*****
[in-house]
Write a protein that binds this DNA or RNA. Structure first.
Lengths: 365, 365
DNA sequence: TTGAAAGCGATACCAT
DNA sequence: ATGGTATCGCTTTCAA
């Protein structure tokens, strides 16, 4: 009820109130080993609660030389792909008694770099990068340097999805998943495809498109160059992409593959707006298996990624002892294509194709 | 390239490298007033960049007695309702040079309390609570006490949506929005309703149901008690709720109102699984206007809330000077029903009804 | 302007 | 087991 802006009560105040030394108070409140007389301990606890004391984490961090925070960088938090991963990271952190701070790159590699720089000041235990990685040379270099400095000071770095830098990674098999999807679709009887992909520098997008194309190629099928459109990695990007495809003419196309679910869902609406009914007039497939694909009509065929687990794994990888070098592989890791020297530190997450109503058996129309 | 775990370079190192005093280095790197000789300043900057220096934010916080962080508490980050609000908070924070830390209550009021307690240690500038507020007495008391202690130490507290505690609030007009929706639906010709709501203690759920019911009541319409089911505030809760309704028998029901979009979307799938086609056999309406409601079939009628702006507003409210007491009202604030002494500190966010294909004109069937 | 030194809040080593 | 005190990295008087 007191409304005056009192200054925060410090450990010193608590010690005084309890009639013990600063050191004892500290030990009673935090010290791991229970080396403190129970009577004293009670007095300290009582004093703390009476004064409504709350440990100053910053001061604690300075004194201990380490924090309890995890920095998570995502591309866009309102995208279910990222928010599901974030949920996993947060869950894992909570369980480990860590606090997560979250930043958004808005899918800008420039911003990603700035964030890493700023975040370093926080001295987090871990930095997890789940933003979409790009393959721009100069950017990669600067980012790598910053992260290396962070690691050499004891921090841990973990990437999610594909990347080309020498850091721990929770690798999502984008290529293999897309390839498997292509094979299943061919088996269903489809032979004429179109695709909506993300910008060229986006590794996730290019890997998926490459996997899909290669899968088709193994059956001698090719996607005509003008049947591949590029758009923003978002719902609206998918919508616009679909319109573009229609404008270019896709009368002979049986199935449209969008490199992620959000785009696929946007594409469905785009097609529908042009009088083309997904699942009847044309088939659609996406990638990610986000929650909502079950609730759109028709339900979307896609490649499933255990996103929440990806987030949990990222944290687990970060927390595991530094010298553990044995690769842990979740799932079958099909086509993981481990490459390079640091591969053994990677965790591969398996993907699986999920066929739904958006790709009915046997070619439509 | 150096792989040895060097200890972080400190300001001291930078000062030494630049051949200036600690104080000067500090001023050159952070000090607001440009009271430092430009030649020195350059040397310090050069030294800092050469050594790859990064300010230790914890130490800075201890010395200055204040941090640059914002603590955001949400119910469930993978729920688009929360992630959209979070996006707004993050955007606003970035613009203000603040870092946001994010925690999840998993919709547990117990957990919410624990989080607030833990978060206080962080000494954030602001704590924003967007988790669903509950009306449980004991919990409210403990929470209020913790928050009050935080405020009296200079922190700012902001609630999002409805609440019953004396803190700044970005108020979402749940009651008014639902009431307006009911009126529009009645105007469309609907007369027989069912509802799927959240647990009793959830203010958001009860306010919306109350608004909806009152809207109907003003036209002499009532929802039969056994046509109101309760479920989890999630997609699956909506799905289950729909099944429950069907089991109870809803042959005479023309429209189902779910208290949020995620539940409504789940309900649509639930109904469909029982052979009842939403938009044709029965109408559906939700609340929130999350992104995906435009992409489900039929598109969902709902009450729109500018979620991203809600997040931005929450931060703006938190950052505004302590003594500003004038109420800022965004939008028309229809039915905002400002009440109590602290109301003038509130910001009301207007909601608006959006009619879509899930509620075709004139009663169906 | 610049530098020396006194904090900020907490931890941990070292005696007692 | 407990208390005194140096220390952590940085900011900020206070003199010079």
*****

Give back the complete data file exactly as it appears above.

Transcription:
[in-house]
Write a protein that binds this DNA or RNA. Structure first.
Lengths: 365, 365
DNA sequence: TTGAAAGCGATACCAT
DNA sequence: ATGGTATCGCTTTCAA
């Protein structure tokens, strides 16, 4: 009820109130080993609660030389792909008694770099990068340097999805998943495809498109160059992409593959707006298996990624002892294509194709 | 390239490298007033960049007695309702040079309390609570006490949506929005309703149901008690709720109102699984206007809330000077029903009804 | 302007 | 087991 802006009560105040030394108070409140007389301990606890004391984490961090925070960088938090991963990271952190701070790159590699720089000041235990990685040379270099400095000071770095830098990674098999999807679709009887992909520098997008194309190629099928459109990695990007495809003419196309679910869902609406009914007039497939694909009509065929687990794994990888070098592989890791020297530190997450109503058996129309 | 775990370079190192005093280095790197000789300043900057220096934010916080962080508490980050609000908070924070830390209550009021307690240690500038507020007495008391202690130490507290505690609030007009929706639906010709709501203690759920019911009541319409089911505030809760309704028998029901979009979307799938086609056999309406409601079939009628702006507003409210007491009202604030002494500190966010294909004109069937 | 030194809040080593 | 005190990295008087 007191409304005056009192200054925060410090450990010193608590010690005084309890009639013990600063050191004892500290030990009673935090010290791991229970080396403190129970009577004293009670007095300290009582004093703390009476004064409504709350440990100053910053001061604690300075004194201990380490924090309890995890920095998570995502591309866009309102995208279910990222928010599901974030949920996993947060869950894992909570369980480990860590606090997560979250930043958004808005899918800008420039911003990603700035964030890493700023975040370093926080001295987090871990930095997890789940933003979409790009393959721009100069950017990669600067980012790598910053992260290396962070690691050499004891921090841990973990990437999610594909990347080309020498850091721990929770690798999502984008290529293999897309390839498997292509094979299943061919088996269903489809032979004429179109695709909506993300910008060229986006590794996730290019890997998926490459996997899909290669899968088709193994059956001698090719996607005509003008049947591949590029758009923003978002719902609206998918919508616009679909319109573009229609404008270019896709009368002979049986199935449209969008490199992620959000785009696929946007594409469905785009097609529908042009009088083309997904699942009847044309088939659609996406990638990610986000929650909502079950609730759109028709339900979307896609490649499933255990996103929440990806987030949990990222944290687990970060927390595991530094010298553990044995690769842990979740799932079958099909086509993981481990490459390079640091591969053994990677965790591969398996993907699986999920066929739904958006790709009915046997070619439509 | 150096792989040895060097200890972080400190300001001291930078000062030494630049051949200036600690104080000067500090001023050159952070000090607001440009009271430092430009030649020195350059040397310090050069030294800092050469050594790859990064300010230790914890130490800075201890010395200055204040941090640059914002603590955001949400119910469930993978729920688009929360992630959209979070996006707004993050955007606003970035613009203000603040870092946001994010925690999840998993919709547990117990957990919410624990989080607030833990978060206080962080000494954030602001704590924003967007988790669903509950009306449980004991919990409210403990929470209020913790928050009050935080405020009296200079922190700012902001609630999002409805609440019953004396803190700044970005108020979402749940009651008014639902009431307006009911009126529009009645105007469309609907007369027989069912509802799927959240647990009793959830203010958001009860306010919306109350608004909806009152809207109907003003036209002499009532929802039969056994046509109101309760479920989890999630997609699956909506799905289950729909099944429950069907089991109870809803042959005479023309429209189902779910208290949020995620539940409504789940309900649509639930109904469909029982052979009842939403938009044709029965109408559906939700609340929130999350992104995906435009992409489900039929598109969902709902009450729109500018979620991203809600997040931005929450931060703006938190950052505004302590003594500003004038109420800022965004939008028309229809039915905002400002009440109590602290109301003038509130910001009301207007909601608006959006009619879509899930509620075709004139009663169906 | 610049530098020396006194904090900020907490931890941990070292005696007692 | 407990208390005194140096220390952590940085900011900020206070003199010079």